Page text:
Picturing history: Morley's Settlement

Published: Wednesday, Feb. 5 2014 5:00 a.m. MST

During the Nauvoo period of Latter-day Saint history, a number of nearby settlements were established in a manner analogous to the spokes of a wheel with Nauvoo, Ill., as the hub. One of those “spoke” settlements was Morley’s Settlement, named after Isaac Morley, an early convert from Kirtland, Ohio. The settlement was also known as Yelrome, based on spelling “Morley” backward. Perhaps 400-500 Latter-day Saints lived here from 1839-46. About a year after the death of Joseph Smith in 1844, Morley’s Settlement became the target of vandalism and arson. One settler, Edmund Durfee, was shot to death while trying to put out a fire that had been deliberately set. Since the Latter-day Saint exodus to the west, the small town has been known as Tioga.

Kenneth Mays

During the Nauvoo, Ill., period of The Church of Jesus Christ of Latter-day Saints' history, a number of nearby settlements were established in a manner analogous to the spokes of a wheel with Nauvoo as the hub.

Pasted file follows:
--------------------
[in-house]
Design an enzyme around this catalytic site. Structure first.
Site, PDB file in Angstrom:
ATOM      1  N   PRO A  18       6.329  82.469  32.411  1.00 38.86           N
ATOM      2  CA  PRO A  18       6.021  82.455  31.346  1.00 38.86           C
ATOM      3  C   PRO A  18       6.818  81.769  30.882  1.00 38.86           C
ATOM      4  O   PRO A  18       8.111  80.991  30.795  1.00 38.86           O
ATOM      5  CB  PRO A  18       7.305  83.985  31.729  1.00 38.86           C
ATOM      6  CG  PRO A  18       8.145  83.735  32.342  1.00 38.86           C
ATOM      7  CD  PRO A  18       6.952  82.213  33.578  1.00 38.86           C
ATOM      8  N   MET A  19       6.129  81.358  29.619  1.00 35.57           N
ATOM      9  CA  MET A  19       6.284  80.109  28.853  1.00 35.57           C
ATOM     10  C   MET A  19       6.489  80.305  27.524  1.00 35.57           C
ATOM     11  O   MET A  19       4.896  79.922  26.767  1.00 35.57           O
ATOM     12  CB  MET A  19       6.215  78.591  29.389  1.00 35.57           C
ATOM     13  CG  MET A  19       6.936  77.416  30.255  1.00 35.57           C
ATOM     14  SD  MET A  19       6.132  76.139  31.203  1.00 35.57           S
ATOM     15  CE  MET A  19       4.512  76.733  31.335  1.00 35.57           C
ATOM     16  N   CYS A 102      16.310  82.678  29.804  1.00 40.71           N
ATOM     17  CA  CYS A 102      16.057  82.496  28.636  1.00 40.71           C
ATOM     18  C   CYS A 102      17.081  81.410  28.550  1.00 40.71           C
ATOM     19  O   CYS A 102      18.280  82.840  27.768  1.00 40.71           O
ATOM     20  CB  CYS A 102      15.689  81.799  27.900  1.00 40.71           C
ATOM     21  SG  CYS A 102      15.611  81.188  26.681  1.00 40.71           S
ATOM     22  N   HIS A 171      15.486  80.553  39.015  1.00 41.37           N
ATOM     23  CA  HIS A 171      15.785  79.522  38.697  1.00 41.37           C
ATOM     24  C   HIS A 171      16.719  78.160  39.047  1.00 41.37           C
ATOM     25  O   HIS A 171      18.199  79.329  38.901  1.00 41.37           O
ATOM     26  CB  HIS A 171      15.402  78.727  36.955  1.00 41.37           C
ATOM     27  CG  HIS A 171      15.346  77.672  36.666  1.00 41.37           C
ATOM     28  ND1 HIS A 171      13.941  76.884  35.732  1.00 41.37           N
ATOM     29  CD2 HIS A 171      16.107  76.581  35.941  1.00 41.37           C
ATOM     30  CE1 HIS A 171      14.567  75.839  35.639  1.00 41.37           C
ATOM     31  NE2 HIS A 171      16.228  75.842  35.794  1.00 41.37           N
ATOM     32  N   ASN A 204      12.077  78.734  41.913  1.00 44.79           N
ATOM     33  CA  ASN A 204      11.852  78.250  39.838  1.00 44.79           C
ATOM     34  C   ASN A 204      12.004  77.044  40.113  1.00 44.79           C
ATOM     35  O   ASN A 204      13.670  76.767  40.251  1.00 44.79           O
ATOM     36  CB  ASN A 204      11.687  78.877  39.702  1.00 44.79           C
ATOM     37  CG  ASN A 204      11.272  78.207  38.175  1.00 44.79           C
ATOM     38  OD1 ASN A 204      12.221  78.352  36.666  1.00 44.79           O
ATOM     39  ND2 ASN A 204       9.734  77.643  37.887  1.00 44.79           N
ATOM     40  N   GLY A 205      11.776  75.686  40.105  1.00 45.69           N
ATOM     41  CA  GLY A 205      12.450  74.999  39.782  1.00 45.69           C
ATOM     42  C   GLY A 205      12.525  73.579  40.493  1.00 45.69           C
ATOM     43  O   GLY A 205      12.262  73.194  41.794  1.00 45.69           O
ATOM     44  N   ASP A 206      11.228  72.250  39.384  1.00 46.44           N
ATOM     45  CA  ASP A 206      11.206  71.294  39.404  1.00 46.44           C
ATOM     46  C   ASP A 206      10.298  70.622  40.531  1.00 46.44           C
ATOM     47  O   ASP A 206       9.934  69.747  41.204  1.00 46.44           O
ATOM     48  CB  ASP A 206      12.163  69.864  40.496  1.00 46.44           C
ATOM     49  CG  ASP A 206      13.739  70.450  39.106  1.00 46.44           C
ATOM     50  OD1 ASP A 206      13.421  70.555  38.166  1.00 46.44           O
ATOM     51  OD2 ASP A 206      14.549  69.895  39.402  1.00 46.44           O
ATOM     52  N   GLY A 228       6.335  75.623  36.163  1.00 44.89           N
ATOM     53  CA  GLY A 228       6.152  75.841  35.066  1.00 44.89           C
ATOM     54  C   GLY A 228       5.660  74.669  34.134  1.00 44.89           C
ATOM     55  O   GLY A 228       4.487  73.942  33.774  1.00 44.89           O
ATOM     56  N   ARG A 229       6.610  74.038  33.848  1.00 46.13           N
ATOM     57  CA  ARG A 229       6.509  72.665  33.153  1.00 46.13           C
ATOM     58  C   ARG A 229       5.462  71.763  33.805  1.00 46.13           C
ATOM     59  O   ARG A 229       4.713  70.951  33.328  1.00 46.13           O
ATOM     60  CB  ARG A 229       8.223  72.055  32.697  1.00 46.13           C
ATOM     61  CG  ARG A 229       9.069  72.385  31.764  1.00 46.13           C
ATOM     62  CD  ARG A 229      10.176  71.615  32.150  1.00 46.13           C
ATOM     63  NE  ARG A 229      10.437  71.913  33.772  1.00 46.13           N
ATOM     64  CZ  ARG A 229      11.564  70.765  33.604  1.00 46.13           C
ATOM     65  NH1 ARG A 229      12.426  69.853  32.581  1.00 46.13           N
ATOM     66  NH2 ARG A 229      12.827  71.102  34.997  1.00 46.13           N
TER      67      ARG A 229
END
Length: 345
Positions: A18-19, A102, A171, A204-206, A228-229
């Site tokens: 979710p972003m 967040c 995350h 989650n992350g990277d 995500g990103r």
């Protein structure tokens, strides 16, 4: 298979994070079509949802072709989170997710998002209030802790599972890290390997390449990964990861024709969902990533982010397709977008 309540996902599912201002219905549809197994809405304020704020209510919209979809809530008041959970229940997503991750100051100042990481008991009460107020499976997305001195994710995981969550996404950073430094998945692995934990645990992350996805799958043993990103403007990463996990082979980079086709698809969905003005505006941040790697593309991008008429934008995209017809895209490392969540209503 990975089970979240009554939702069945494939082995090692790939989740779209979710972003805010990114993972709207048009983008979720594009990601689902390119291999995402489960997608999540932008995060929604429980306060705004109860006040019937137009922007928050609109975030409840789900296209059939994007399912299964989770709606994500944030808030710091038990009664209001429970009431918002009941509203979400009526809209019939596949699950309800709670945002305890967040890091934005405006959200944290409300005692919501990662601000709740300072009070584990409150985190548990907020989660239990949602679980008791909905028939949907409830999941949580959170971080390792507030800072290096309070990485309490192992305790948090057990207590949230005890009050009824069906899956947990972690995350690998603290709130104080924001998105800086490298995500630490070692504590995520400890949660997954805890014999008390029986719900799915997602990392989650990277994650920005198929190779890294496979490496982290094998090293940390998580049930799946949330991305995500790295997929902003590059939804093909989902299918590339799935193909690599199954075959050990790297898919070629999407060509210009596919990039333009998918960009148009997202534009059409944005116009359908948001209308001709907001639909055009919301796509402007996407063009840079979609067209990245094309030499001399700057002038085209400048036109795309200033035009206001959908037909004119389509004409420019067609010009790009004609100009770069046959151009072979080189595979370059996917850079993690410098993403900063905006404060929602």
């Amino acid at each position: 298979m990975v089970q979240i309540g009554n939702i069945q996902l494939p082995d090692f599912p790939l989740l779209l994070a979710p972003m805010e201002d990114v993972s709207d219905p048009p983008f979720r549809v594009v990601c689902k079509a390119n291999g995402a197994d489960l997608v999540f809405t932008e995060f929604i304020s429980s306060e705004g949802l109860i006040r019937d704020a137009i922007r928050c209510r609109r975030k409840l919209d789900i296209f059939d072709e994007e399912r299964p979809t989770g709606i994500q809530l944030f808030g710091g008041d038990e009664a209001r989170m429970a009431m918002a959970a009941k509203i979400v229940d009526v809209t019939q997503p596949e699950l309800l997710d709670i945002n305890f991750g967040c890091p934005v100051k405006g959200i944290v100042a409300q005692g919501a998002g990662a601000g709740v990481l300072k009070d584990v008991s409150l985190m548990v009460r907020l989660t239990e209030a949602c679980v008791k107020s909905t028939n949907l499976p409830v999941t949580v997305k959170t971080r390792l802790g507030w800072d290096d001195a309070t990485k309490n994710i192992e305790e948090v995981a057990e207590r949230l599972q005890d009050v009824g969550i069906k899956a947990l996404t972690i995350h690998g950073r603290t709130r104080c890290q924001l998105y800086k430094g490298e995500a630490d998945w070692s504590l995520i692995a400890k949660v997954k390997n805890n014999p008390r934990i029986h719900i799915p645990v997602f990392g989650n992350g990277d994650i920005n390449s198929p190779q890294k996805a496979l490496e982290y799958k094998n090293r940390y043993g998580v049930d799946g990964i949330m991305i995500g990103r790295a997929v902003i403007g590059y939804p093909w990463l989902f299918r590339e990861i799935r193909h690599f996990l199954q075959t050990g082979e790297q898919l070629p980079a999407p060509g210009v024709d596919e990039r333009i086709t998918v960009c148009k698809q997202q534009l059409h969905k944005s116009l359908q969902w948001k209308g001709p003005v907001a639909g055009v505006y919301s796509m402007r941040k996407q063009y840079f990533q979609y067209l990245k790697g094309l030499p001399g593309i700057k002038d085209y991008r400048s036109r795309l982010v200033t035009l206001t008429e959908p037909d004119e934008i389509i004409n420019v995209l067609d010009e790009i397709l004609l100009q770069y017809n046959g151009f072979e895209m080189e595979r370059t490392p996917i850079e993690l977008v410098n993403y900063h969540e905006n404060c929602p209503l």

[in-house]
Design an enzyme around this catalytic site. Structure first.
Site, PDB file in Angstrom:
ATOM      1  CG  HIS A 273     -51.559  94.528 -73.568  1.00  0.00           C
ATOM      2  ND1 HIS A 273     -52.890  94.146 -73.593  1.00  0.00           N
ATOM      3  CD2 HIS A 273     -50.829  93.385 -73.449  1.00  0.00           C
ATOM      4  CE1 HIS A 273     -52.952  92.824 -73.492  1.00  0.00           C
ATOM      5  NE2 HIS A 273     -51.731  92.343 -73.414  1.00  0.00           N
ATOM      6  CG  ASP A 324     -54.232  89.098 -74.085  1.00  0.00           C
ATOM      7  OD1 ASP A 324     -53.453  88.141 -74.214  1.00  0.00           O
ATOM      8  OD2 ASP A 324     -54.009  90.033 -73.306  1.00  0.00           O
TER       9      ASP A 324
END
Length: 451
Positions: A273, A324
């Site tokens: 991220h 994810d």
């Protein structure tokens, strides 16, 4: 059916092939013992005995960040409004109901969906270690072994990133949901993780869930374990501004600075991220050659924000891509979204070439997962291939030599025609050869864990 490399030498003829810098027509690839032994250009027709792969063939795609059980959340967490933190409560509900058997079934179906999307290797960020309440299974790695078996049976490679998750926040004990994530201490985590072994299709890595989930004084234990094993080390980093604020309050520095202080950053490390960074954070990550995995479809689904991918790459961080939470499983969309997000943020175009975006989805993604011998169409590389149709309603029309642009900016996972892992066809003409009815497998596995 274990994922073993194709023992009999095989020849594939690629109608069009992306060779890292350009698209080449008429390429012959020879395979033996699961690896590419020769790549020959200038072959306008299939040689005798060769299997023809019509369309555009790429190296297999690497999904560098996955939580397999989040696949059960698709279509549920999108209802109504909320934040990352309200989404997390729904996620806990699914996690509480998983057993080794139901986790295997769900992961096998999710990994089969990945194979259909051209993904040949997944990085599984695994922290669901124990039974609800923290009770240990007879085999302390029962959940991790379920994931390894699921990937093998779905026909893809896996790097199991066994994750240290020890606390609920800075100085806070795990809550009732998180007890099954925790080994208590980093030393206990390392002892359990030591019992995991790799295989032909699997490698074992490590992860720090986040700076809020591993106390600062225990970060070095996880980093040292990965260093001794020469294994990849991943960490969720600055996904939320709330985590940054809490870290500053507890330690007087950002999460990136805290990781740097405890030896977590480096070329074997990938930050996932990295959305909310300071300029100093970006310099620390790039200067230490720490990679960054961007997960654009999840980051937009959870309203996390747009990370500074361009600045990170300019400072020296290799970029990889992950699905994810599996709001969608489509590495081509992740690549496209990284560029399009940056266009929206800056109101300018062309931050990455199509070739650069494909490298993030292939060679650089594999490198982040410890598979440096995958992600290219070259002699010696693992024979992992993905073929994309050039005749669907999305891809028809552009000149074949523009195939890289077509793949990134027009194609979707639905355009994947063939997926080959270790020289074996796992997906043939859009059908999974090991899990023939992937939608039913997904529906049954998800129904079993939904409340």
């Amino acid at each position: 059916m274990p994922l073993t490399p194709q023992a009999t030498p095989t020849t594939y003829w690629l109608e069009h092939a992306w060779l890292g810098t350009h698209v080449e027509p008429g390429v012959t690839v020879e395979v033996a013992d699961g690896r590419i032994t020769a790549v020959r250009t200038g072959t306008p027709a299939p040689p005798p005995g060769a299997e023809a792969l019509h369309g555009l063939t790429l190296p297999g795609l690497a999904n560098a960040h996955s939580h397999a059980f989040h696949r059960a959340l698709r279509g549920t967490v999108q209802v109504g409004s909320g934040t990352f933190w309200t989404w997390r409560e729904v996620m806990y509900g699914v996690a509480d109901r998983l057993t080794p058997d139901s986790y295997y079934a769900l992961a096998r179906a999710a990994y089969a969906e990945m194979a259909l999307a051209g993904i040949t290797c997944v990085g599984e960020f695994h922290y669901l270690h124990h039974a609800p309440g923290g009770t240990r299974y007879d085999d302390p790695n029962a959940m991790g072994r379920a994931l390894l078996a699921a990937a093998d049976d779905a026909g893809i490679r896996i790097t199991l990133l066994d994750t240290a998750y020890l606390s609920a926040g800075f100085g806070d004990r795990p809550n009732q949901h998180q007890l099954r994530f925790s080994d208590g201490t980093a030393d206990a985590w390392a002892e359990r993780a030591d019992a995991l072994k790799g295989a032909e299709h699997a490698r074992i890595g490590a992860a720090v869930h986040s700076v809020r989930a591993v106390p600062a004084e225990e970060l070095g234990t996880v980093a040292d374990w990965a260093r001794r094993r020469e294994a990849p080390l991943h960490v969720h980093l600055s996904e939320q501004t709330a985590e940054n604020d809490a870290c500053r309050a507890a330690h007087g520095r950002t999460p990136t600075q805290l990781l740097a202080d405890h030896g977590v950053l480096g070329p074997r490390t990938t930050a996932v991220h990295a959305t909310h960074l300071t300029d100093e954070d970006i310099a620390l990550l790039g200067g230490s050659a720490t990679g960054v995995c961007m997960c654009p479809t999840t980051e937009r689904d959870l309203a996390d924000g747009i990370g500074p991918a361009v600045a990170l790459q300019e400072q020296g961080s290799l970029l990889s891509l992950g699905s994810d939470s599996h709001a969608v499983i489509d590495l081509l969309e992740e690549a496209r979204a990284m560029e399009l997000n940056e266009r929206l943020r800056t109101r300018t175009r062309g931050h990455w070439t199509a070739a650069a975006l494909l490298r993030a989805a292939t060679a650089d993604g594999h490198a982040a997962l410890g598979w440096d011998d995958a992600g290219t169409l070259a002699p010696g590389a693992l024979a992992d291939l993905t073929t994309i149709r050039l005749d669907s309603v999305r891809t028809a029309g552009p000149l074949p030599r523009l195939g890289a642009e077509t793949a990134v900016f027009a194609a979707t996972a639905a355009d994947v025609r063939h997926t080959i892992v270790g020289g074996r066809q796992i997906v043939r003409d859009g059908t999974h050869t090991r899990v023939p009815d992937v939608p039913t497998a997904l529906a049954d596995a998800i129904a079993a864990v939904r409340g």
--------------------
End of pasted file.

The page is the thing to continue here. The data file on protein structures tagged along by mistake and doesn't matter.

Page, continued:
One of those "spoke" settlements was Morley's Settlement, named after Isaac Morley, an early convert from Kirtland, Ohio. The settlement was also known as Yelrome, based on spelling "Morley" backward. Perhaps 400-500 Latter-day Saints lived here from 1839-46.

About a year after the death of Joseph Smith in 1844, Morley's Settlement became the target of vandalism and arson. One settler, Edmund Durfee, was shot to death while trying to put out a fire that had been deliberately set.

Since the Latter-day Saint exodus to the west, the small town has been known as Tioga.

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